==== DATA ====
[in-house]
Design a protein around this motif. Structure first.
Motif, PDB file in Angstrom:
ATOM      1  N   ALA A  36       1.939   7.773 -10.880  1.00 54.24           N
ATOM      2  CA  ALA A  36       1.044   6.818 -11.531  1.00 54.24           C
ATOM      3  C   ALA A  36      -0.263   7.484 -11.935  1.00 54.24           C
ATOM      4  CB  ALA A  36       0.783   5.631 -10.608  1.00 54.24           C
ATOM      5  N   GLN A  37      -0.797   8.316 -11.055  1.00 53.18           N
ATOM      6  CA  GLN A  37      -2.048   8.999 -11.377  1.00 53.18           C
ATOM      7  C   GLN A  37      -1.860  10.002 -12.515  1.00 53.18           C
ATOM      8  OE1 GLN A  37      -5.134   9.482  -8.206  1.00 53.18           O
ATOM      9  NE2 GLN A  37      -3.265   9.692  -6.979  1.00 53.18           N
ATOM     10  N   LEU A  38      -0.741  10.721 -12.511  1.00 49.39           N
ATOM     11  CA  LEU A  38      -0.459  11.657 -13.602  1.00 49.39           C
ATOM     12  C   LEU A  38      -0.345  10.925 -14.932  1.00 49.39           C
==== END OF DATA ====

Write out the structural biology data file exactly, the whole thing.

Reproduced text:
[in-house]
Design a protein around this motif. Structure first.
Motif, PDB file in Angstrom:
ATOM      1  N   ALA A  36       1.939   7.773 -10.880  1.00 54.24           N
ATOM      2  CA  ALA A  36       1.044   6.818 -11.531  1.00 54.24           C
ATOM      3  C   ALA A  36      -0.263   7.484 -11.935  1.00 54.24           C
ATOM      4  CB  ALA A  36       0.783   5.631 -10.608  1.00 54.24           C
ATOM      5  N   GLN A  37      -0.797   8.316 -11.055  1.00 53.18           N
ATOM      6  CA  GLN A  37      -2.048   8.999 -11.377  1.00 53.18           C
ATOM      7  C   GLN A  37      -1.860  10.002 -12.515  1.00 53.18           C
ATOM      8  OE1 GLN A  37      -5.134   9.482  -8.206  1.00 53.18           O
ATOM      9  NE2 GLN A  37      -3.265   9.692  -6.979  1.00 53.18           N
ATOM     10  N   LEU A  38      -0.741  10.721 -12.511  1.00 49.39           N
ATOM     11  CA  LEU A  38      -0.459  11.657 -13.602  1.00 49.39           C
ATOM     12  C   LEU A  38      -0.345  10.925 -14.932  1.00 49.39           C